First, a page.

What are Chinese Chopsticks?

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  • Written By: Mary McMahon
  • Edited By: O. Wallace
  • Last Modified Date: 26 September 2019
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Some Westerners are surprised to learn that different Asian nations have different styles of chopsticks. Chinese chopsticks are chopsticks made in the Chinese style, and they are the primary type of chopstick used in China. This style is also commonly found around the world, with many people using Chinese chopsticks for all sorts of Asian cuisine, rather than differentiating between the different styles of chopstick. Chinese markets carry Chinese chopsticks, and stores which carry more general Asian cooking supplies often have an array of chopstick styles to choose from, including Chinese designs.

The Chinese appear to have invented the chopstick, with the concept spreading outwards from China to places like Korea, Thailand, and Japan. The business end of Chinese chopsticks is rounded and blunted, while the end held in the hand is squared off. This distinctive design is unique to Chinese chopsticks. Chinese chopsticks are also classically rather long, with a length of around 10 inches (25 centimeters) on average.

In China, distinctions are made between chopsticks used for cooking, and chopsticks used for eating. Cooking chopsticks are quite long, so that they can be used to stir dishes in deep pots and pans. These extra-long chopsticks can also be used for deep frying, with the cook manipulating deep fried foods with the chopsticks. They are classically made from unfinished wood or metal so that they do not react with the food, and they may be used singly or in pairs.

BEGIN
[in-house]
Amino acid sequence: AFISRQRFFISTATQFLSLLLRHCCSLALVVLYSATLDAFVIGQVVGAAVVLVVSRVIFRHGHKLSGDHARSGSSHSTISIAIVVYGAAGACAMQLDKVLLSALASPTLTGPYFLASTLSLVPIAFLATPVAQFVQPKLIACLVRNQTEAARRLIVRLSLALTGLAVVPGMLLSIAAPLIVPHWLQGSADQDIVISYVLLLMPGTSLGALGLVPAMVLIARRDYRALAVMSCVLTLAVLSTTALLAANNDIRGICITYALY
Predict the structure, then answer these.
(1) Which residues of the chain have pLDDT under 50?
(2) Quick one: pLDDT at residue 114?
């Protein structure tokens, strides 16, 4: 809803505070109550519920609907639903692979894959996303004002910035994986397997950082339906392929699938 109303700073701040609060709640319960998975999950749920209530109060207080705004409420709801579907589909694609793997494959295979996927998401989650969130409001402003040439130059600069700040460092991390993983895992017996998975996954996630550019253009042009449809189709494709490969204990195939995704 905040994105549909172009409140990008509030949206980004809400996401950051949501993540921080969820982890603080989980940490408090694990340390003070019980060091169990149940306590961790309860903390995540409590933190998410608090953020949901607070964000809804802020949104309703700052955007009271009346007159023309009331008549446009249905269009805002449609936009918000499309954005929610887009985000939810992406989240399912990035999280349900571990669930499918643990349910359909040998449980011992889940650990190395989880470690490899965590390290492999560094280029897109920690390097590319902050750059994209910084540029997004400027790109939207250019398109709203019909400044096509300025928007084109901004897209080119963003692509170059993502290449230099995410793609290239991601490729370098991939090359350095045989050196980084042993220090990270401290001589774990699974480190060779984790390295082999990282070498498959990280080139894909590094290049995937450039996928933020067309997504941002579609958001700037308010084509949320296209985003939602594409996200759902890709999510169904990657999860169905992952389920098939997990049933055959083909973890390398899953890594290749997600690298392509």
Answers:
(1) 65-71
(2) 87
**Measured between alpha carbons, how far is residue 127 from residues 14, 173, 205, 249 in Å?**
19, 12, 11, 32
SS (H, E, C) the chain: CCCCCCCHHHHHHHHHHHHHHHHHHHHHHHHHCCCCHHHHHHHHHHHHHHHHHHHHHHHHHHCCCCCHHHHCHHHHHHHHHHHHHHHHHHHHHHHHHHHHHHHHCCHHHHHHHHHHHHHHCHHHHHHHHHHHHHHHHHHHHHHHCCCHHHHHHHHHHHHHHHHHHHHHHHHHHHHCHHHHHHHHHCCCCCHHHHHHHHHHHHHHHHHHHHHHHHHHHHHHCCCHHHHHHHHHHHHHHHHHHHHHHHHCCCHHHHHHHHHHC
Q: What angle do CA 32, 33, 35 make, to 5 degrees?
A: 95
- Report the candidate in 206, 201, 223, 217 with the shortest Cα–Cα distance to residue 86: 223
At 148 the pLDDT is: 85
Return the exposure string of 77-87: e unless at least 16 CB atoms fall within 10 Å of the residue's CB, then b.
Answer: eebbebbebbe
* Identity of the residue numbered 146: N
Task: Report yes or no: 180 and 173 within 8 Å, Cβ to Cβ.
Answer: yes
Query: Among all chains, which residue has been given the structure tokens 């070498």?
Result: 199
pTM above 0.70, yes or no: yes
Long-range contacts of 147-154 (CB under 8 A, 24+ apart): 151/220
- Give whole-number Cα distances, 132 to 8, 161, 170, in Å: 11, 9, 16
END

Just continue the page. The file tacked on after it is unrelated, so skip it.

Eating chopsticks are shorter than cooking chopsticks, and they may be decorated to make them more aesthetically interesting. Unfinished wood is a traditional material for Chinese chopsticks, but they can also be made from porcelain, jade, stainless steel, and other materials. In some regions, people differentiate between longer “banquet-style” chopsticks which can be used to pluck food from shared bowls in the middle of a table, and shorter personal chopsticks, which tend to be a little easier to handle.

Some Chinese chopsticks are quite ornate, with lacquer, inlay, or carved figures at the top of the chopsticks for formal dining. Special materials like jade may be used for formal occasions or given as gifts, with people reserving plain wooden chopsticks for every day use. As in many other cultures which use chopsticks, a chopstick rest is usually provided for the purpose of setting chopsticks down neatly on the table. Chopstick rests can be made from a variety of materials including wood, stone, and porcelain.


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Post 3

The Chinese were using chopsticks long before forks or spoons had ever been invented. The Chinese were a lot more civilized thousands of years before westerners.

We were still using our hands to eat with & just had knives on the table to cut of meat from whole roasted animals.

The Chinese were very clever and realized that by cutting up food into small mouth size chunks that you could cook it much quicker and use less wood on the fire. Also, eating very hot food with your hands was not easy, but by getting some bamboo (which in China they have plenty of) they could easily make their own eating utensils and not burn their hands. They were free, easy

, could be replaced when they wore out and most important, they didn't conduct heat.

I am English and am married to a Chinese girl. I use chopsticks all the time. When you are used to them and you don't have to cut up food anyway, then it is very easy to use them and there is no need to have a knife and fork.

Post 2

OK, here is a question that I have always wanted to ask but have been too embarrassed to say out loud. I'm using this forum to get it off of my chest.

Why do the Chinese use chopsticks? Aren't forks so much better, even when you are eating Chinese dishes? I understand that culture runs deep but I don't know how you could keep on using those clumsy chopsticks where there is an easier way.

Post 1

For years I never used chopsticks. I would go to Asian restaurants and get Chinese take out but the chopsticks always went unused.

Then I began dating a girl who had grown up in China and she taught me to use them properly. Once you get the technique down there are really pretty easy to use and not nearly as cumbersome and unwieldy as they seem to a novice.

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